Husband and I went to see Crazy Heart the other night. I have to pause every time I go to utter the movie title, because I always, almost say Crazy Horse, which reminds me of this, which reminds me of traveling 2000 miles on I-90 with Brother in Summer 2004, which has nothing to do with going to see a movie with Husband. This digressive train of thought has, thus, made it difficult to reflect on Crazy Heart, a movie starring Jeff Bridges and Maggie Gyllenhaal.
It’s Sunday morning, and I’m in between worship team practice and choir practice before Sunday morning service. As I was getting ready for church, I was reflecting on worship, and somehow the reflection on worship led me to 2 nights ago watching Crazy Heart.
Crazy Heart is about a seemingly washed-up, alcohol-soaked musician/songwriter, who has arrived at 57 fueled by addiction, and without any touch points of responsibility and intimacy. His longing for intimacy and his fear of himself leads him to rehab, where he allegedly shapes up and cleans up.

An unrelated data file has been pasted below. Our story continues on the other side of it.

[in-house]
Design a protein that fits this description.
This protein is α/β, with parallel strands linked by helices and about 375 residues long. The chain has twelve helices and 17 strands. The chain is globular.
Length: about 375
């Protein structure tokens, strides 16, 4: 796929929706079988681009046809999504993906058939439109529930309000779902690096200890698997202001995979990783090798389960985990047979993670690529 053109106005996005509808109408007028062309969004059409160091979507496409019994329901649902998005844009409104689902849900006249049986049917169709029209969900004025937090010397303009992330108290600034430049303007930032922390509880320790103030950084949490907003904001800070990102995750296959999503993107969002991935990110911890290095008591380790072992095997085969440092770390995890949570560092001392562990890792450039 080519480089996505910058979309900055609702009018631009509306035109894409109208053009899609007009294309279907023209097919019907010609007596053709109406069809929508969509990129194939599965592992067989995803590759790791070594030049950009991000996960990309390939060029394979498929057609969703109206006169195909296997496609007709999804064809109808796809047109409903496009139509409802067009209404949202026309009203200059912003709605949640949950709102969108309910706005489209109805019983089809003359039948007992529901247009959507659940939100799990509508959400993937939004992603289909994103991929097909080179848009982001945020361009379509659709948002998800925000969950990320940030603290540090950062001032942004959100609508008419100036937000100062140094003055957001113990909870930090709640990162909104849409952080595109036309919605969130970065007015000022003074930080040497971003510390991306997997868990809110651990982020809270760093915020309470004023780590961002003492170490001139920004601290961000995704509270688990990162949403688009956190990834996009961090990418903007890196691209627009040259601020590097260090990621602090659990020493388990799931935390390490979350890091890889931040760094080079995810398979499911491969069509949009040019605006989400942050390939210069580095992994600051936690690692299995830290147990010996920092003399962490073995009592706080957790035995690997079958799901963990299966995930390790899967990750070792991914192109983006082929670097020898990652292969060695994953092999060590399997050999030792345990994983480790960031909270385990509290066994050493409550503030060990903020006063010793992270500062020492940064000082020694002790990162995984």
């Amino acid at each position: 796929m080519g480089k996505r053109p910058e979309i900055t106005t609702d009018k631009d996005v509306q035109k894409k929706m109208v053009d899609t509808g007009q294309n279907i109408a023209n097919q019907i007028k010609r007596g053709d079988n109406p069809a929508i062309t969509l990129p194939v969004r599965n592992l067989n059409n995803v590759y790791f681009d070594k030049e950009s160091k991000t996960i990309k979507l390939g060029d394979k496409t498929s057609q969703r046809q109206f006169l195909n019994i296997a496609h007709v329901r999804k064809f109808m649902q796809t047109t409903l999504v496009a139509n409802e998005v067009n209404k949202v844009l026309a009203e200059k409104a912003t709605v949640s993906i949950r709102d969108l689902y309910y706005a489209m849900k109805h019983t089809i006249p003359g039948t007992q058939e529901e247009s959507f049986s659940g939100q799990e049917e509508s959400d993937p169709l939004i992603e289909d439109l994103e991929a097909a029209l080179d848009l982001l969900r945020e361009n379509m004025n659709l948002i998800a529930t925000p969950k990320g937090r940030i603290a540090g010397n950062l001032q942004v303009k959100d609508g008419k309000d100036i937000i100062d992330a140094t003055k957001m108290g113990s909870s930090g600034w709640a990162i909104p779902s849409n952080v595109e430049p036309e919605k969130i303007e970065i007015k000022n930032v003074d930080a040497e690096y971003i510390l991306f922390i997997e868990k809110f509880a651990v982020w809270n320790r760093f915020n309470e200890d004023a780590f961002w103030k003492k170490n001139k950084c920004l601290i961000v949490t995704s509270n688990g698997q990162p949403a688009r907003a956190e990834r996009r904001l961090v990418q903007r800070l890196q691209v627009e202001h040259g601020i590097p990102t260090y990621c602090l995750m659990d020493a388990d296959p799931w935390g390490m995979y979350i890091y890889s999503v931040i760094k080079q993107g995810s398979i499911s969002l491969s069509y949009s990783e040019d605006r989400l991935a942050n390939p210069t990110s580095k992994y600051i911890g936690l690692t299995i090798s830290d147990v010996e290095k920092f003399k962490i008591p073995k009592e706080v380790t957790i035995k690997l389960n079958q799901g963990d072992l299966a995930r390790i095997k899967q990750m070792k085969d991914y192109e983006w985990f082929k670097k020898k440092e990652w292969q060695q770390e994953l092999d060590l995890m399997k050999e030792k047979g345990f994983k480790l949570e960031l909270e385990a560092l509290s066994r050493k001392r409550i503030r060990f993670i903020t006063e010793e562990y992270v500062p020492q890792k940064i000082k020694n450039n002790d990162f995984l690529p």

What I’m thinking about this morning is how Bad Blake makes sense of his world through song. Songwriting is the place where he has a raw and honest voice, one that can cut through the whiskey and emptiness to find significance.
As I prepare to lead worship this morning, I pray that my words would not be empty. Probably three weeks out of four in any given month, my mind is somewhere else during the bulk of the weekly church service. My mouth opens and closes singing words on the screen without ever really filtering them through my consciousness.
This morning, the image I’m struck with is Bad Blake, sitting on his porch strumming his guitar after Buddy and Jean leave. His words are an offering, for him, probably not to God, but to the world, to music, to Jean, or to life. Regardless, the painful fullness of it feels like a kind of worship…one I desire to emulate, by searching for that place in my own life and drawing it out as an offering. It’s from that place, the bottom, the place of despair, the deepest recesses of the soul, from which I long to sing this morning.